# Transformer notation confusion?

1. Sep 24, 2010

### rock.freak667

1. The problem statement, all variables and given/known data

For a transformer, I need to get the ratings on the meters (wattmeter, ammeter, voltmeter) when it is put through an open circuit test and a short circuit test.

Primary 240/480
Secondary 120/240

1KVA

60Hz

3. The attempt at a solution

Now I am not sure what is meant by 'Primary 240/480' and 'Secondary 120/240'. In most transformer problems, I would be told something like 6600/230 V transformer, meaning Primary = 6600 V and secondary = 230 V.

Anyone care to guess what it means?

2. Sep 24, 2010

### Redbelly98

Staff Emeritus
In the case of http://system.netsuite.com/core/media/media.nl?id=3868&c=ACCT126831&h=9037aabf87bb8934b400&_xt=.pdf" [Broken] (which I have worked with) the primary is actually two separate windings, which may be wired either in series or in parallel.

Each winding is to get the lower voltage of the two indicated primary specifications; when wired in series, the series combination would then get twice this voltage, or the higher primary specification.

Similarly, the secondary consists of two separate windings which may be combined either in series or in parallel.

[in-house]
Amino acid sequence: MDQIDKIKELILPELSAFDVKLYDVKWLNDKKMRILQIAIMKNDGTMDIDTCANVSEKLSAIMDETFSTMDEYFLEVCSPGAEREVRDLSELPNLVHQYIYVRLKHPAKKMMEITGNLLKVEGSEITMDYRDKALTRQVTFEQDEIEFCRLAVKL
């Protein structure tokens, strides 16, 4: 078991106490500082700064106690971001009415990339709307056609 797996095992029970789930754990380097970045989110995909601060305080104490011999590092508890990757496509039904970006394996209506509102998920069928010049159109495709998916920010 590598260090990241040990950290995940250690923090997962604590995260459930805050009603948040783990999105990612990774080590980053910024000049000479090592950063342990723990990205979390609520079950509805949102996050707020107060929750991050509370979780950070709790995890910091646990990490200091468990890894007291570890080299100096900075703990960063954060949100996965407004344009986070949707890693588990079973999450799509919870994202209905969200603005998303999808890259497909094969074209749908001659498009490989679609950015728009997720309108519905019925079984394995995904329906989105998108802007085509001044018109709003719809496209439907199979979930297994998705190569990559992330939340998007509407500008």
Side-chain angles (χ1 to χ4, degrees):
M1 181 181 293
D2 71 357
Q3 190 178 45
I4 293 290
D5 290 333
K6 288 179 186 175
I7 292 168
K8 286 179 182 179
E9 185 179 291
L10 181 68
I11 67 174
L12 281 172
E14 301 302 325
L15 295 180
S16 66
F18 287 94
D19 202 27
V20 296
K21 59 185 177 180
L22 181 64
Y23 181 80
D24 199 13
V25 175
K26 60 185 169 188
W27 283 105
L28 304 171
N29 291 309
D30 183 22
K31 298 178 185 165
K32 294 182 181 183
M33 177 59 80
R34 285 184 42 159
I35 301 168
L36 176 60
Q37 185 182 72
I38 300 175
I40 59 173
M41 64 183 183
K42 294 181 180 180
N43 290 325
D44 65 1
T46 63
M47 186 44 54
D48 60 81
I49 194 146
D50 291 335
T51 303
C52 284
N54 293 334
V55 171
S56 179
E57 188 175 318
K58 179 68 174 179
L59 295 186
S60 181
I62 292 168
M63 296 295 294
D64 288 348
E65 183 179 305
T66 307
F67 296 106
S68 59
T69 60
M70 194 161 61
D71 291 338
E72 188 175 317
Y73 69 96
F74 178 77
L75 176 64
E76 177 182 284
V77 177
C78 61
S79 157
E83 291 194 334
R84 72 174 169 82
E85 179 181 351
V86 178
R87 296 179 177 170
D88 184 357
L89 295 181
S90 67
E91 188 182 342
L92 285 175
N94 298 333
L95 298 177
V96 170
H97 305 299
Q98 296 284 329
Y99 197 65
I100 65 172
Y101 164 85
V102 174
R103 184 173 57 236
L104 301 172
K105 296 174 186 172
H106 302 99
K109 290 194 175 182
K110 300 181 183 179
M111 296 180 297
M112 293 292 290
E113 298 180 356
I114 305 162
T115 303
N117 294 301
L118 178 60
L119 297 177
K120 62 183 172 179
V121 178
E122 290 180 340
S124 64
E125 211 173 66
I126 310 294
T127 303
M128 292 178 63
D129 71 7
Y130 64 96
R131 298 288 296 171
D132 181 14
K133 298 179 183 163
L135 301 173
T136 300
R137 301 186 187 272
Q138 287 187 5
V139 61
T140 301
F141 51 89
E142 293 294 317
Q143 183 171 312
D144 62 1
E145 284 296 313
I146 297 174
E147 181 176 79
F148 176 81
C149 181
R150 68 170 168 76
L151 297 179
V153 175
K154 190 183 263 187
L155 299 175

If this is the case for your transformer, you should have 4 input wires and 4 output wires.

Last edited by a moderator: May 4, 2017
3. Sep 25, 2010

### rock.freak667

That sort of confuses me more, as then it seems as if the 240/480 side is itself like a transformer with a primary side of 240V and a secondary side of 480 V?

If that is the case, then there is no need to really consider the 240 V?

Otherwise, I am not sure how I would get the ratings for the OC and SC tests with the configuration.

4. Sep 25, 2010

### Redbelly98

Staff Emeritus
No, the primary side consists of two coils with equal numbers of turns. The purpose of having two coils is that the transformer could be used with two different input voltages. Did you see the schematic at the lower left of the .pdf file I linked to before? If the input is the higher voltage, the primary coils should be wired in series; if the input is the lower voltage, they get wired in parallel.

How many wires are coming out of your transformer? If my explanation was correct, there should be 8 wires.

5. Sep 25, 2010

### rock.freak667

I understand a bit better now.

Well you see right, I don't have a picture of the transformer per se. It is sort of a lab thing I have to do and I was asked to give the ratings. The most I can get is the schematic of how the usual transformer looks during the OC and SC tests, not with the two coils in series/parallel.

EDIT: So that means I don't really need to bother about the two voltages and just use the transformer as if it were specified as 480 (primary) and 240 (secondary)?

Last edited: Sep 25, 2010